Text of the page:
School sends stewardship message with 'birthday bucks'

Brooklyn Hollander just turned 11 and appreciated an invitation to a Birthday Gifters' Foundation meeting at St. Justin Martyr School.

He decided to take the $11 in "birthday bucks" that he received and $11 of his own money, and donate it all: half to one group about which he learned at the presentation, the Knights of Columbus and their Meet Life campaign; and half to the other group, The Crew parish youth group and its yearly trip to the March for Life in Washington, D.C.

"If you have a baby, you have a gift of life and that's a beautiful thing to have," Brooklyn said on a video recorded by the school in which he reflected on the reasons he donates to each cause.

The effort is part of the Apostles of Peace at St. Justin, an offshoot of the Virtue-Based Restorative Discipline program in schools of the archdiocese, which is designed to give school children a habit of reconciliation and decrease antisocial behavior by engaging children more in their faith.

Beth Bartolotta, principal of St. Justin, noted that a couple years ago the school sought an alternative to the traditional way of celebrating birthdays with sugary snacks and cakes. A parent shared a book, "The Opposite of Spoiled: Raising Kids Who Are Grounded, Generous and Smart About Money" by Ron Lieber. The author's child attended a Jewish school where instead of giving gifts for their bat mitzvah, the children contributed to a foundation they formed. Each time, the children would learn about various charities and the group would vote on where to donate the funds.

At a St. Justin Parish Council meeting, the parish's focus on stewardship was discussed, and Bartolotta realized elements of the Jewish school's practice would be a good fit with helping her students learn about parish organizations. The practice also fit with the concept of stewardship – recognizing that everything we have is a gift from God, being grateful, developing our gifts and generously sharing time, talent and treasure with others.

Each time St. Justin has a group of birthdays, those students are invited to a Birthday Gifters' Foundation meeting at which representatives of two parish organizations give a presentation.

The students celebrating a birthday receive an invitation to the meeting, held before school. Attending is optional, Bartolotta said, but students have been faithful in coming. They receive a special notebook to take notes about the organizations and a name tag for being a foundation member.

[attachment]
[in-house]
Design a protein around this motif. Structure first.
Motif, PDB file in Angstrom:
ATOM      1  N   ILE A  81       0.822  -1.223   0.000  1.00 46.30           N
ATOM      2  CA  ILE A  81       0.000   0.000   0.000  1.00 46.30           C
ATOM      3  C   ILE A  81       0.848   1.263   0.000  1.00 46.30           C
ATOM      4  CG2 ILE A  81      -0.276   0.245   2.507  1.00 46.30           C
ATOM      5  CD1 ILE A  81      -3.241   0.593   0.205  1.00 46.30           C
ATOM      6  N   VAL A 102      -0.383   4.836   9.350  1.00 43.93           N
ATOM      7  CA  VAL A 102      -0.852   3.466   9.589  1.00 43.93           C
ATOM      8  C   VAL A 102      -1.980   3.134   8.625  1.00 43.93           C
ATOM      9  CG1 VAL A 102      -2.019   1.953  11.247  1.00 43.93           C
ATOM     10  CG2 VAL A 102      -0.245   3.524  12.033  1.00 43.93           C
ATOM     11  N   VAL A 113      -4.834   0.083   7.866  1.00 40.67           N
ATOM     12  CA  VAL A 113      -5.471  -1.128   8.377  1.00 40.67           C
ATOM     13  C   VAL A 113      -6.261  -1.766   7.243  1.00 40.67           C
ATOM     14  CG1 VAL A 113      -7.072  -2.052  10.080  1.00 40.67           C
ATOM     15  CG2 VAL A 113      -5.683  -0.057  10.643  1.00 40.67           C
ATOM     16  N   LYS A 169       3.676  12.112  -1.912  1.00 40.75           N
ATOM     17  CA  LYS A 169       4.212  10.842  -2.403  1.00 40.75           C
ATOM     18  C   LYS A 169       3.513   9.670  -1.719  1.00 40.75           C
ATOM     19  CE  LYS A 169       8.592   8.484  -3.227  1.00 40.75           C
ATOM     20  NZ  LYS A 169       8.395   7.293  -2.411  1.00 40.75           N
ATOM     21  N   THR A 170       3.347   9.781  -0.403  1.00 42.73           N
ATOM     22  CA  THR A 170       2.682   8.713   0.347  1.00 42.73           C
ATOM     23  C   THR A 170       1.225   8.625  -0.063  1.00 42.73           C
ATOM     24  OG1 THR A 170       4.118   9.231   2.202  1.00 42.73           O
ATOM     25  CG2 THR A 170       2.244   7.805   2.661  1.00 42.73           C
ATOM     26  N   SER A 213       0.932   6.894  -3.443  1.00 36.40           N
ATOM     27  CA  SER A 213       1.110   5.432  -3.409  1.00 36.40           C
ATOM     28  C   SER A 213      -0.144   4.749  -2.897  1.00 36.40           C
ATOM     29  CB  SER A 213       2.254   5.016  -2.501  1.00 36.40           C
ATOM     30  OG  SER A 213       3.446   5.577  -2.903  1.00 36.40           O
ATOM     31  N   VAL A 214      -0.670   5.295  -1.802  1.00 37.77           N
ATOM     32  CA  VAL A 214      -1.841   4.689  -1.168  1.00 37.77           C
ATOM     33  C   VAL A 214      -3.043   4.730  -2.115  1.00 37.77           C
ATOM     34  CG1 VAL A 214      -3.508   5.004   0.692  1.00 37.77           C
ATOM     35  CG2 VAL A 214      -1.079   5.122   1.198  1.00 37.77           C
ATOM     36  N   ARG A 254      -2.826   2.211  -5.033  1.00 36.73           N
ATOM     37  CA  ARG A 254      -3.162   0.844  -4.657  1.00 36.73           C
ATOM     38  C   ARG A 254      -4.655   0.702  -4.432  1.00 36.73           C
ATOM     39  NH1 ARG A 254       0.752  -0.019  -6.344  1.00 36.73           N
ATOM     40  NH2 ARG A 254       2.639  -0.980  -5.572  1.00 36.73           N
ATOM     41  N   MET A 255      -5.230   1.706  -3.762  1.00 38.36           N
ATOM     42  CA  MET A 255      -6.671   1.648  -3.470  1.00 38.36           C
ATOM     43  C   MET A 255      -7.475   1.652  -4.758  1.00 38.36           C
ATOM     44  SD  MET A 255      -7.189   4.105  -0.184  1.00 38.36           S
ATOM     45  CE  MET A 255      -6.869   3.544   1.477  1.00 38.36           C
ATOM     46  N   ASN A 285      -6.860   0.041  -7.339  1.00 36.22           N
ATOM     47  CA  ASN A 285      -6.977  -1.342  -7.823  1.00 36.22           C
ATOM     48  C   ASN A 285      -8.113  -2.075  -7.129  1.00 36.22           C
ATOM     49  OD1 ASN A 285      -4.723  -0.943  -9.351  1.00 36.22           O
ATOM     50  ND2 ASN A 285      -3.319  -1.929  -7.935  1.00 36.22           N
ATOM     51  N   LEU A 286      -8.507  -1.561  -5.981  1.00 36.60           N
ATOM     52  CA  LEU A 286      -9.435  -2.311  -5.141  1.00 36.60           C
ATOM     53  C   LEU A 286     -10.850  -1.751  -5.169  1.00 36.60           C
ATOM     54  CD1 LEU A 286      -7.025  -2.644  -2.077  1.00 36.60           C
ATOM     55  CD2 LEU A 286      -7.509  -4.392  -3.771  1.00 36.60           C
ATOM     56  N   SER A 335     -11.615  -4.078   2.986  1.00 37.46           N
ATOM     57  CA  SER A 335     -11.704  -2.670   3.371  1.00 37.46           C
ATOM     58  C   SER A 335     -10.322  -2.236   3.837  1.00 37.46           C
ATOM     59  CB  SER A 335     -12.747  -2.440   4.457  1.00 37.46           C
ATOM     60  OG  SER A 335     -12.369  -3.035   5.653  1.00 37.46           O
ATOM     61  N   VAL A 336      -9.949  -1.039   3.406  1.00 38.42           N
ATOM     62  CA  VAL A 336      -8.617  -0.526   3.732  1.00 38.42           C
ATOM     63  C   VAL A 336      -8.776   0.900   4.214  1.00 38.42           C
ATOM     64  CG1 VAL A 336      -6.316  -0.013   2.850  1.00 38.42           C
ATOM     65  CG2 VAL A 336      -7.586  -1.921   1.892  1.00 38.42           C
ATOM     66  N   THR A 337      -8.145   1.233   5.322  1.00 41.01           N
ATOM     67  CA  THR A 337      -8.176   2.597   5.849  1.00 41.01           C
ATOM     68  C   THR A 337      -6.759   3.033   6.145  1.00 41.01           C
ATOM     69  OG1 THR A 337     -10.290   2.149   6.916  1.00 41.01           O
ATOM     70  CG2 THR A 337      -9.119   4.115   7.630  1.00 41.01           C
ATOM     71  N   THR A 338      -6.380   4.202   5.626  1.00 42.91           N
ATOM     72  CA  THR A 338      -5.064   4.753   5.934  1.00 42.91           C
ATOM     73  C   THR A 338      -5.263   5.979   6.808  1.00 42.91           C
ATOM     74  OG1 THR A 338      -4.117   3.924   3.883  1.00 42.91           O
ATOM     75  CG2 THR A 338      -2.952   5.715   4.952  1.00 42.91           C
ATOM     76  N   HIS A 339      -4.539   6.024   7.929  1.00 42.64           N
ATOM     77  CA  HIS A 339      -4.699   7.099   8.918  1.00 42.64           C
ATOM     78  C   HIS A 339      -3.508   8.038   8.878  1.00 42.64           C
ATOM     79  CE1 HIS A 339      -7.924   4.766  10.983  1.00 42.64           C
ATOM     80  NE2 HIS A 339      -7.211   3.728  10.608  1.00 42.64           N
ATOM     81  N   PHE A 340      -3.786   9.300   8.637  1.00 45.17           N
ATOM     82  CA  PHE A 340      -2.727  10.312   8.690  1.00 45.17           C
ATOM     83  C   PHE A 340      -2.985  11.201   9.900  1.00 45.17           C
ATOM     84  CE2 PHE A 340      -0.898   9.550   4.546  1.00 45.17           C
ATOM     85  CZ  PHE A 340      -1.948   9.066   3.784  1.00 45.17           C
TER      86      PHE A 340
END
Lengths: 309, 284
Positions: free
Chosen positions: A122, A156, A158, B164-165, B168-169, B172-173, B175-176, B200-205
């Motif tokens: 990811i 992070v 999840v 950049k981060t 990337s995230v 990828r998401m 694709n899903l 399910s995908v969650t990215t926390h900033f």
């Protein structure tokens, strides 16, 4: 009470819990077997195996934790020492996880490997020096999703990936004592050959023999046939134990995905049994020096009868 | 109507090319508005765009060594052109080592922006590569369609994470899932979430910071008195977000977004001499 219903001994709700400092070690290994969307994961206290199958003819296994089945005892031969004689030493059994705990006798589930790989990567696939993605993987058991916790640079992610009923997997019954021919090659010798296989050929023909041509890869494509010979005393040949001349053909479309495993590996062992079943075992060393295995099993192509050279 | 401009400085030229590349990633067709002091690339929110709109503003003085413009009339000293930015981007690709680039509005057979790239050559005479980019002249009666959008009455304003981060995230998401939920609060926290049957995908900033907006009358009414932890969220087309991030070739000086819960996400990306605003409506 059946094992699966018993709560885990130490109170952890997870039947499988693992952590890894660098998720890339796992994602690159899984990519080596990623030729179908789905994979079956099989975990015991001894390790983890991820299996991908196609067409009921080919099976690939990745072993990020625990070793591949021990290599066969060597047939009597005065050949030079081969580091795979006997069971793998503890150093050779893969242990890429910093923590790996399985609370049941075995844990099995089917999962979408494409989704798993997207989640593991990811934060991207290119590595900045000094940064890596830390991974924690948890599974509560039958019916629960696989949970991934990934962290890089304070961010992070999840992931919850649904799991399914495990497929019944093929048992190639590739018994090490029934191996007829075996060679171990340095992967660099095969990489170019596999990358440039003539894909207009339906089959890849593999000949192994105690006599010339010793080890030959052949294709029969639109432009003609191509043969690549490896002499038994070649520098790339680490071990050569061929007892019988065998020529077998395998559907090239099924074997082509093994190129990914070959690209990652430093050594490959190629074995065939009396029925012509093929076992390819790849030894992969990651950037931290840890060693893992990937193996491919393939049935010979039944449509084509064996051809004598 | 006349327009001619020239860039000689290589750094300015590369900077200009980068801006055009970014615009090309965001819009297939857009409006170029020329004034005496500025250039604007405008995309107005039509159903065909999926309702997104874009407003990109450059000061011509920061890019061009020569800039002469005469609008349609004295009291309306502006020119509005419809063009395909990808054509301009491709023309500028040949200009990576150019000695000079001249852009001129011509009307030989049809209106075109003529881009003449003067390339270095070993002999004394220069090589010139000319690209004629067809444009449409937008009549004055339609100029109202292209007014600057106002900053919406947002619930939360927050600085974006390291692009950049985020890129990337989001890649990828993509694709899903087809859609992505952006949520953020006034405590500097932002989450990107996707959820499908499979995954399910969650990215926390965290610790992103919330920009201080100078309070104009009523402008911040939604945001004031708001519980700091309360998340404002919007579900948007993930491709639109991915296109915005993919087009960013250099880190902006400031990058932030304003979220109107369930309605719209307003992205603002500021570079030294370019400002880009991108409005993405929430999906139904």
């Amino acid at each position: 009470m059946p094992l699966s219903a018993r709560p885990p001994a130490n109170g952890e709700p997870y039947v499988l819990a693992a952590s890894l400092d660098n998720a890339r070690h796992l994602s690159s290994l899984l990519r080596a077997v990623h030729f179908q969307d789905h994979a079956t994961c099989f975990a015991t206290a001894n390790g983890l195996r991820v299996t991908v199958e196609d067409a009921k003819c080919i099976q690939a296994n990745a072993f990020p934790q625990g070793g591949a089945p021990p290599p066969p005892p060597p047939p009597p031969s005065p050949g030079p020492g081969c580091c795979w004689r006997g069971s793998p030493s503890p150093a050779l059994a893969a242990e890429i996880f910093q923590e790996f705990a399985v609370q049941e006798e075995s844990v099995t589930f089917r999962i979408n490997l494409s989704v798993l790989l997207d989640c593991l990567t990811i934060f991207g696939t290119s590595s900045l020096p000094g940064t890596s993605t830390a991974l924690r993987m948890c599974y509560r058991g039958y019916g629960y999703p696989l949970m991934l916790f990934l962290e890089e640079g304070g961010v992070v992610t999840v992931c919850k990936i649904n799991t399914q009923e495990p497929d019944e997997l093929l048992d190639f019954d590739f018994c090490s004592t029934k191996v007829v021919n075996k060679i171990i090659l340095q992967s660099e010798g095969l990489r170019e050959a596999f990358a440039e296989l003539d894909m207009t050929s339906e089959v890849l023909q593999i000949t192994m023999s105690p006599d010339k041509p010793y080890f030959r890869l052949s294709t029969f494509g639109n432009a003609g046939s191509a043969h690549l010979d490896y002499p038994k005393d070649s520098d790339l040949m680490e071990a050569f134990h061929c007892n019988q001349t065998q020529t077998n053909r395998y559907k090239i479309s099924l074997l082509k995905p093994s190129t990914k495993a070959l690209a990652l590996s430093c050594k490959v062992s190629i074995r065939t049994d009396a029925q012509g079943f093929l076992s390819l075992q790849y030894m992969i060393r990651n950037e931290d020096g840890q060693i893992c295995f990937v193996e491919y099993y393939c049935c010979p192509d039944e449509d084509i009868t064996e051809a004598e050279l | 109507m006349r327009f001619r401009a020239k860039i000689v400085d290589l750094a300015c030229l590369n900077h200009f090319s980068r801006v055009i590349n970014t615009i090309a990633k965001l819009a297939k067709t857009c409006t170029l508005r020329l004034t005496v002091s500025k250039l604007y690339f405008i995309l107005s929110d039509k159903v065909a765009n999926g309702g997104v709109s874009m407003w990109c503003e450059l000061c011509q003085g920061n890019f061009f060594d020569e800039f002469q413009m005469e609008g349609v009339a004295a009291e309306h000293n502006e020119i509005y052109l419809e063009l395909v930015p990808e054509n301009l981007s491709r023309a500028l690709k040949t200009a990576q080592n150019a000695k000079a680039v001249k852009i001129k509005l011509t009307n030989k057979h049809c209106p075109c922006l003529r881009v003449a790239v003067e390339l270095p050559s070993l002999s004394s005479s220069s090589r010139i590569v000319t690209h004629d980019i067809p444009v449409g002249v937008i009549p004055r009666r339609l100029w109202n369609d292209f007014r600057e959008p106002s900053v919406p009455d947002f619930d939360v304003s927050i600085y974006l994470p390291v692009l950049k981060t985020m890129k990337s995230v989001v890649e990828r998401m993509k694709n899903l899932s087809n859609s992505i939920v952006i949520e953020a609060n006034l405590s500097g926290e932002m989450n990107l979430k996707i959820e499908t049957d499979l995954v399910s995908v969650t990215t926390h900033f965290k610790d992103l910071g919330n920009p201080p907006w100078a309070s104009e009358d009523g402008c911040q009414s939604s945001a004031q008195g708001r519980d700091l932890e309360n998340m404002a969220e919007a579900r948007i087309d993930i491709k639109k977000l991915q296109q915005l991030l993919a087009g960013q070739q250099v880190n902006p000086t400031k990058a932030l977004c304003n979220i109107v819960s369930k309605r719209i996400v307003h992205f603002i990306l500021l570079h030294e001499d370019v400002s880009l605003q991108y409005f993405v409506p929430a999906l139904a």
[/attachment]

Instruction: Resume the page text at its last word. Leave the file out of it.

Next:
At the meeting, students can donate their "birthday bucks" and any other money they'd like to contribute in gift boxes for one of the two organizations making presentations or to a third charity of their choice. An erasable oversized blank check is used for a photo opportunity with the organizations. Each child receives a thank-you note.

As a bonus, the students return home and tell their parents about the works of the parish. The stewardship message is clear, yet the word "stewardship" is never mentioned. "We plant those seeds," Bartolotta said. "It goes back to what motivates people. When they feel a connection to something, they're motivated. We want them to connect to their faith and their parish."

Bartolotta noted that the students are celebrating the gift of life on their birthday, and "there's no better gift than paying that forward to help someone else's life."

Stewardship Sunday

Stewardship Sunday is celebrated in the Archdiocese of St. Louis on the weekend of Sept. 26 and 27. Stewardship works when it becomes rooted in a parish. Once a stewardship plan becomes a reality, a vibrant parish community follows.

Critical elements of a stewardship plan involve:

• An active stewardship committee that has attended training in how to carry out their plan.

• Support of parish leaders.

• Promotion of a vision for the future of the parish.

• Accountability on how gifts are making a difference.

• Warmly welcoming every parishioner.

• Presentations on how parishioners have embraced a life of stewardship.

• Commitment to prayer.

• Introducing and inviting people to participate more fully in the work of the parish and its ministries.

• Commitment to generosity.

• Appreciation.

• Communication.

• Parish-wide education, including children, couples in marriage preparation programs and families in sacramental preparation programs. 

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